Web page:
I could go out and order 100 sensors of the appropriate size and wait 7 weeks. That would be between $3,500 and $4,500 of parts, and I would be doing this on a hope and a prayer having done no wind tunnel calibration. That is a bit -- um -- let's say, gutsy?
In making the next round of probes, I have to use the 1 psi sensors that G-d has graciously provided us. There is no getting around that. Until I do a serious calibration, I'm not going out and buying expensive crap.

Right now, I have a probe board sitting on the bench that has three +/- 60 millibar (+/- 0.87 psi) sensors. These were purchased when I was using the "old" probe nose design. Might as well use them and, if they saturate, they saturate. We will at least get some partial data out of them.

Moving forward, depending on how things go with the new probe in flight, I might decide to go back to the old probe with the static "stick", or standardize on +/- 1 psi sensors and hope for the best.

In this case, "hoping for the best" means that, for the pressure sensor reading that is in the range [0, 2.3q], we would saturate at q = (1 psi / 2.3) = 0.43 psi. This corresponds to an indicated airspeed of 138 kias. This is a reasonable compared to the VNE for our tiny little LSA.

Saturday, September 5, 2020

Airball probe v8 update

It's been a while since there's been an blog post! Sorry for this. I've been completely slammed at work, and just putting in tiny bits of work on the project here and there. But we've been making progress!

This is the newest design for the probe, the "v8" mechanical and electronic form factor:

We are trying out the new scheme of having a 5th hole at 90 degrees at the bottom of the probe nose, to avoid having a bulky static probe. If that doesn't work out, we can always return to the old static probe without much change to the sensors (there's one sensor that would need to be swapped out for one of a different range, but that's minor).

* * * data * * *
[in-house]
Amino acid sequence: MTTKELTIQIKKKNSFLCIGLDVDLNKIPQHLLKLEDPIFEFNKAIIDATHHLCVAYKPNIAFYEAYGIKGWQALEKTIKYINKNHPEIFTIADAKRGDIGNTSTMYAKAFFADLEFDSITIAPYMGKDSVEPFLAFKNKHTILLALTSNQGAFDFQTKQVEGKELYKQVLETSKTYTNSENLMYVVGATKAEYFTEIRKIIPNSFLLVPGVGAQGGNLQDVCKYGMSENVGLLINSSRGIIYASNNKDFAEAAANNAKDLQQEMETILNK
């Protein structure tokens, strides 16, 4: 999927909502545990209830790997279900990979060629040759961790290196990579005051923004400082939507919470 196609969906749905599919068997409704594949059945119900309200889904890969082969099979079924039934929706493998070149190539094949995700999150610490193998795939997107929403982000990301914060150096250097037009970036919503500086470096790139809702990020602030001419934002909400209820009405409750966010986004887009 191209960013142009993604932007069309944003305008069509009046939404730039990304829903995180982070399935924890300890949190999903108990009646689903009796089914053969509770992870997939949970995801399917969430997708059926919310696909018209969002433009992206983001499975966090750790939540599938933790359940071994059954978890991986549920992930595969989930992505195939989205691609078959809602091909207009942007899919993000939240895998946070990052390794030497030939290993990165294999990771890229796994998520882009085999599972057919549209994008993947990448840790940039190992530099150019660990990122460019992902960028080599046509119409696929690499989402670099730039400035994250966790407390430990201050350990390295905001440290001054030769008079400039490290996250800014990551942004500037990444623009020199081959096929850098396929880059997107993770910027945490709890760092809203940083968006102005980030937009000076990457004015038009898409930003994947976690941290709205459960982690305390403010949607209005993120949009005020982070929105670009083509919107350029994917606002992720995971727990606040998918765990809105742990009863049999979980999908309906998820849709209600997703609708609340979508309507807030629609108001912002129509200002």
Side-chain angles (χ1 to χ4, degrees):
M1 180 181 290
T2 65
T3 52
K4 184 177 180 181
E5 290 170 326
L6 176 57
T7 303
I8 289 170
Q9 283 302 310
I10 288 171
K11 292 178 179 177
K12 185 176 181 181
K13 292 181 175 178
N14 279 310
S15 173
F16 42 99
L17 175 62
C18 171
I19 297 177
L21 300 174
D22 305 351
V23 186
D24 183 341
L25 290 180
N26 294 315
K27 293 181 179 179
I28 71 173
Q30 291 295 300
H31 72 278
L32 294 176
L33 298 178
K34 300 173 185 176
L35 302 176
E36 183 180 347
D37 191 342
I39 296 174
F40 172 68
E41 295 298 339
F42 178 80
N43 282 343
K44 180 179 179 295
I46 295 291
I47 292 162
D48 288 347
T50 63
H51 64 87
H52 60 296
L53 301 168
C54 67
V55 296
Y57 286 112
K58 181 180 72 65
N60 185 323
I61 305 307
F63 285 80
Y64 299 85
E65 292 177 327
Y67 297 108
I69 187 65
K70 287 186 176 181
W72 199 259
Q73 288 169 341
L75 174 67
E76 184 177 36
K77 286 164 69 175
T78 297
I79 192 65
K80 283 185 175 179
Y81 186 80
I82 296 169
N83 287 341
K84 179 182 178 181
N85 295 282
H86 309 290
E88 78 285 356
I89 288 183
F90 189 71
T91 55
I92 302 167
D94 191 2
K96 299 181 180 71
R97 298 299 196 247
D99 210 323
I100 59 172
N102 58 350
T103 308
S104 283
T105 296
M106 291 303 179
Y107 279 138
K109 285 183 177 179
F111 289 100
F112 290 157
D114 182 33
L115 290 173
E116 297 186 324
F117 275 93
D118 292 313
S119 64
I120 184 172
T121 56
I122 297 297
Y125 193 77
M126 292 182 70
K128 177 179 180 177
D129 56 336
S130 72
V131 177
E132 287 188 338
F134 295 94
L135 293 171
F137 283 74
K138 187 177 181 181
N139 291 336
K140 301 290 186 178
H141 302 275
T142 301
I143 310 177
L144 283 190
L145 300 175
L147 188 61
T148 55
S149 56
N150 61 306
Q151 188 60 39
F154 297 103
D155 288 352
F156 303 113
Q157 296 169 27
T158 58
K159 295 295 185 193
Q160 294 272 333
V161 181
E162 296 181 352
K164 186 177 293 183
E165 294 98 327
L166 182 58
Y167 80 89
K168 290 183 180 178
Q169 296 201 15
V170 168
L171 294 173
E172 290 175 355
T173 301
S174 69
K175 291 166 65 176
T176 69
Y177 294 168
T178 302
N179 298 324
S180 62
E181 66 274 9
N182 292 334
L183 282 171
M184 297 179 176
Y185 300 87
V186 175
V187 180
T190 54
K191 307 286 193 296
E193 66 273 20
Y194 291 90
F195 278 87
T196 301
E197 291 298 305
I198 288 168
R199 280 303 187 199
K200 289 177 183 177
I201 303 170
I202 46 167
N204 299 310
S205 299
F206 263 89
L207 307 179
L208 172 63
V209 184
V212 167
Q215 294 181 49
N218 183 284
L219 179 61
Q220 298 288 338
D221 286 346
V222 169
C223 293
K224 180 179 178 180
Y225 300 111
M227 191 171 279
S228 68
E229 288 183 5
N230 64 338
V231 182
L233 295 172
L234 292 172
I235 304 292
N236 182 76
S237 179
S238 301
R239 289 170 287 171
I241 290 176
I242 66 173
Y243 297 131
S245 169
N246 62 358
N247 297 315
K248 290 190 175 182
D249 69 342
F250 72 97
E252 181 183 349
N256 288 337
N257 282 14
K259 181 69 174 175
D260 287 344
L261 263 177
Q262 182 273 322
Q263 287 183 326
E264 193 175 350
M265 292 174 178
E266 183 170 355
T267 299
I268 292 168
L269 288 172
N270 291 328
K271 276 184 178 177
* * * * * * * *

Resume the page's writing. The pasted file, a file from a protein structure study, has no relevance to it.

This is built around a 1.5" x 3.5" circuit board that integrates an ESP32-WROOM-32U module, a Bosch BMP388 barometer, 3 slots for Honeywell SPI HSC pressure sensors, a battery charger, and a USB interface.

The temperature sensor is a TI TMP102, which is supposed to be on a tiny daughterboard. For now we don't have that and are instead jury-rigging a TMP102 breakout board stuck to the outside of the probe. The result looks like this:

The circuit board has two known bugs; everything else seems to work:
  • Missing a pullup resistor for one of the USB comms signals
  • The pressure sensors are too close together and so the plumbing is very poor
The mechanical parts need some more development to make them suitable for being a "kit", but they are getting there. Check out this album to see the process of assembly.

Link to photo album: Airball probe v8

Stay tuned while we get this working. Note that this signals a departure from the XBee comms we had previously: This one is just plain Wi-Fi. The plan is to have this thing set up a Wi-Fi base station with a unique name, and you can jump on that and telnet to a known host and port and get a stream of data messages. We tried UDP but we were getting a lot of losses; we might try that again.